Brazilian football icon Socrates was in "critical condition" in an intensive care unit early Saturday after suffering an intestinal infection, his doctors said.
Albert Einstein Hospital announced in a statement here that Socrates, 57, "was in critical condition due to a septic shock of intestinal origin."
The statement added that Socrates - captain of the thrilling 1982 World Cup finals team which is widely believed to be the best Brazilian side not to lift the trophy - was breathing with a ventilator and using a dialysis machine.
He was taken to hospital late Friday after suffering food poisoning, his wife said.
Socrates was hospitalized twice in August and September this year with bleeding in his digestive tract.
He recognised after these incidents he had problems with alcohol, especially in the era when he was playing.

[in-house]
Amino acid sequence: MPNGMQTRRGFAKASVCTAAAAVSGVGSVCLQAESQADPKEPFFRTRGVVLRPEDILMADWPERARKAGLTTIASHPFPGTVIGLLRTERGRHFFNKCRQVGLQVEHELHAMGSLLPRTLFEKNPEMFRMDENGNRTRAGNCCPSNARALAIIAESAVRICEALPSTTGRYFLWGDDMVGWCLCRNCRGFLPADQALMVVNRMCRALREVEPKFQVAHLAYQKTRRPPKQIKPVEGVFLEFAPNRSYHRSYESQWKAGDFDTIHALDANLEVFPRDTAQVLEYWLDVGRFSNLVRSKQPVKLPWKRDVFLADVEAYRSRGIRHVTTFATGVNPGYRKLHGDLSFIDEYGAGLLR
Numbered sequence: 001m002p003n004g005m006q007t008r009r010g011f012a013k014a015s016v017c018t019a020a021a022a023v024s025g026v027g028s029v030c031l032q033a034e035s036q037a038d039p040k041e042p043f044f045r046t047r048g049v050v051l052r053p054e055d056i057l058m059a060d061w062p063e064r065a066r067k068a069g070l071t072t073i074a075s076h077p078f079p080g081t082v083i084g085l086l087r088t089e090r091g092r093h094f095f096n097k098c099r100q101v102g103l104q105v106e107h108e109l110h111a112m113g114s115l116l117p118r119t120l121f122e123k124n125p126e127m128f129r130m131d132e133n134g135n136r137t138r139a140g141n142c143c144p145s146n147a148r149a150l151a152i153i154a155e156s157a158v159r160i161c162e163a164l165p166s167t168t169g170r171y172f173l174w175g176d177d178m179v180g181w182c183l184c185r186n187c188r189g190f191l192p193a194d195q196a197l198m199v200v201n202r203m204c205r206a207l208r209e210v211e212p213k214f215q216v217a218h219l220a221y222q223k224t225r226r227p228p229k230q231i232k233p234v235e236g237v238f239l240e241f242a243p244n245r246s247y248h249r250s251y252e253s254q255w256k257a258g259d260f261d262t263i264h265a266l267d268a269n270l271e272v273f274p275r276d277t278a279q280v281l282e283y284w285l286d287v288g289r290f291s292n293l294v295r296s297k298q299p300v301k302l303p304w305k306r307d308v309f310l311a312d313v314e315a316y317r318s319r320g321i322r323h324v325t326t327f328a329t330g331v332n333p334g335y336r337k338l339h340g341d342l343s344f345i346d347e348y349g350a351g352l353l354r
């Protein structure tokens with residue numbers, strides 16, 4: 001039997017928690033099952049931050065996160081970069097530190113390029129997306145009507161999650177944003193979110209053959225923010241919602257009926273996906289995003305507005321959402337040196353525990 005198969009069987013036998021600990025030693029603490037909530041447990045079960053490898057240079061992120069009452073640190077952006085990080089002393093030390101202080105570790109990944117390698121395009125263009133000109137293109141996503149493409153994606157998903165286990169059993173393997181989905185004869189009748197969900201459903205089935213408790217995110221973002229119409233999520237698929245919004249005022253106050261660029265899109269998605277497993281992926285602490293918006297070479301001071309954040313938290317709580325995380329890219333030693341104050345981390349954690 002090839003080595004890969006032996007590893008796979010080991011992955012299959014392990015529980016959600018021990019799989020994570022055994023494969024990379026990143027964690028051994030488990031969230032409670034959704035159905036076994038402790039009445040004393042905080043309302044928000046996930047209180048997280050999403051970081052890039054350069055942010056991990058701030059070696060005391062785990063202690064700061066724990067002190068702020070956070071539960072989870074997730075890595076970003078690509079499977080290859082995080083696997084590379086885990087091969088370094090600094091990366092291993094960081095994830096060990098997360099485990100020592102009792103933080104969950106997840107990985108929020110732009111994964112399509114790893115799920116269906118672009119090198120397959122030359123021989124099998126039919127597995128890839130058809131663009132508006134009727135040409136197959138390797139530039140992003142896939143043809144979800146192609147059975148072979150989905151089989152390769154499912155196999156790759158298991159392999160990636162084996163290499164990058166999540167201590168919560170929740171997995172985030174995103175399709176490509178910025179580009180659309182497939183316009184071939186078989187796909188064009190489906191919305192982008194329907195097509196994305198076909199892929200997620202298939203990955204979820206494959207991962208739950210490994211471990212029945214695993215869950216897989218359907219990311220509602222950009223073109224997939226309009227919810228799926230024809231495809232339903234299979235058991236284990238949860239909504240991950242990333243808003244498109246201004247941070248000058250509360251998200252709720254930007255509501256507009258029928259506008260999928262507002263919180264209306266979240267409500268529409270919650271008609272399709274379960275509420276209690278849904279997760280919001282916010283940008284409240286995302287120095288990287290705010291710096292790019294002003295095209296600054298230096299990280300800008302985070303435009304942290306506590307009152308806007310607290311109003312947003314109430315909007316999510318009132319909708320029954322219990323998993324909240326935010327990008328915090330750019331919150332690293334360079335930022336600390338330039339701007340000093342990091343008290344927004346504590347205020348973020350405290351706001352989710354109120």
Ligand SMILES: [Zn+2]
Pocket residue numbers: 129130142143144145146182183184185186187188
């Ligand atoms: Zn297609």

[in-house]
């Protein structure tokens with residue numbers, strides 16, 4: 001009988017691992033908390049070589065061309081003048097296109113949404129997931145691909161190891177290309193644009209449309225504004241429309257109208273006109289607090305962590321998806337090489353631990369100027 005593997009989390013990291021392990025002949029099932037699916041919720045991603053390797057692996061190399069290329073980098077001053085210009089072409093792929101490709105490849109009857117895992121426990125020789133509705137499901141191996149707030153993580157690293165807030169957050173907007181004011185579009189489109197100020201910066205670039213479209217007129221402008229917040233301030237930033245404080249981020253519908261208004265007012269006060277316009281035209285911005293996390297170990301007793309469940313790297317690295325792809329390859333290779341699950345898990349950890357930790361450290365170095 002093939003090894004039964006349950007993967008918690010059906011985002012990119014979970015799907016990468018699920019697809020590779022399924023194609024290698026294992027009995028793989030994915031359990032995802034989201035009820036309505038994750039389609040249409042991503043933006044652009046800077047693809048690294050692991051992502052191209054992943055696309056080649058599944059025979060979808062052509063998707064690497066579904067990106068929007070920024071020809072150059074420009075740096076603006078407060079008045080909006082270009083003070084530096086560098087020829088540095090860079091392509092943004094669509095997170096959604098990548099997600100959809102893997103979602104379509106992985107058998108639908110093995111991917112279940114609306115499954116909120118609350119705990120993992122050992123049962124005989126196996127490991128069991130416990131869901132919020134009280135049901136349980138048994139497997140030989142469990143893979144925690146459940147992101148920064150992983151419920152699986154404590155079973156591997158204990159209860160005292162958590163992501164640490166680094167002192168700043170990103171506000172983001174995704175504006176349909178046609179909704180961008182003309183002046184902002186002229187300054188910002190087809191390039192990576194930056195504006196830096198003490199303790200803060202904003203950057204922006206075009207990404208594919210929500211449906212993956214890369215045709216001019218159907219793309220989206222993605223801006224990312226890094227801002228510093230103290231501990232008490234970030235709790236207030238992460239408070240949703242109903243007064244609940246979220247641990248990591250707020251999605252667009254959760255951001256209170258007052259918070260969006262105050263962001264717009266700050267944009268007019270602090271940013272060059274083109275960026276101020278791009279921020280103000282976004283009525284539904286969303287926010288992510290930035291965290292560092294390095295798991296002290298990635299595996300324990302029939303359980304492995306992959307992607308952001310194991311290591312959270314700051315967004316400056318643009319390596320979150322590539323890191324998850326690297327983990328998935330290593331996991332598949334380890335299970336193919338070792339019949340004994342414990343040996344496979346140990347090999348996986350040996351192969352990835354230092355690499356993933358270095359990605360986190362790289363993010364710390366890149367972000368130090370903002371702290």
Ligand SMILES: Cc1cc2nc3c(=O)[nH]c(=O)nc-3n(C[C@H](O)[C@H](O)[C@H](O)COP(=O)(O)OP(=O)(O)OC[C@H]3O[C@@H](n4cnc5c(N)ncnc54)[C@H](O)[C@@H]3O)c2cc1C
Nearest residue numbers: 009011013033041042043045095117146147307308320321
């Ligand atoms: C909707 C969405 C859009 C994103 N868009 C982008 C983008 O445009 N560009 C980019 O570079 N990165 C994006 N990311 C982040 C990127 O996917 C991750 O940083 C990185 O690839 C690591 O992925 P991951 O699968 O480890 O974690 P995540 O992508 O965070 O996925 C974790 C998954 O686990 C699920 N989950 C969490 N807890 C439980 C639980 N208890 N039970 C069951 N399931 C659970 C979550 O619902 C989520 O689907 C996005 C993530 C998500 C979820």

In a recent television interview, Socrates admitted that he had considered alcohol his "companion," and its regular use was not affecting his performance on the soccer field.
"Alcohol did not affect my career, in part because I never had the physical build to play this game," he recalled.
"Soccer became my profession only when I was already 24," he continued. "I was too thin, and when I was young, I did not have the opportunity to prepare myself physically for the sport."
Socrates, who also played in the 1986 World Cup finals but was not fully fit, played his club football for Brazilian club Corinthians (1978-1984) and Italian side Fiorentina (1984-1985).
He was one of the founders of a movement known as "Corinthian Democracy," which formed in the 1980s.
Under its principles, all decisions made by football clubs, including the contracting of new players and training schedules, had to be approved by a vote of all members.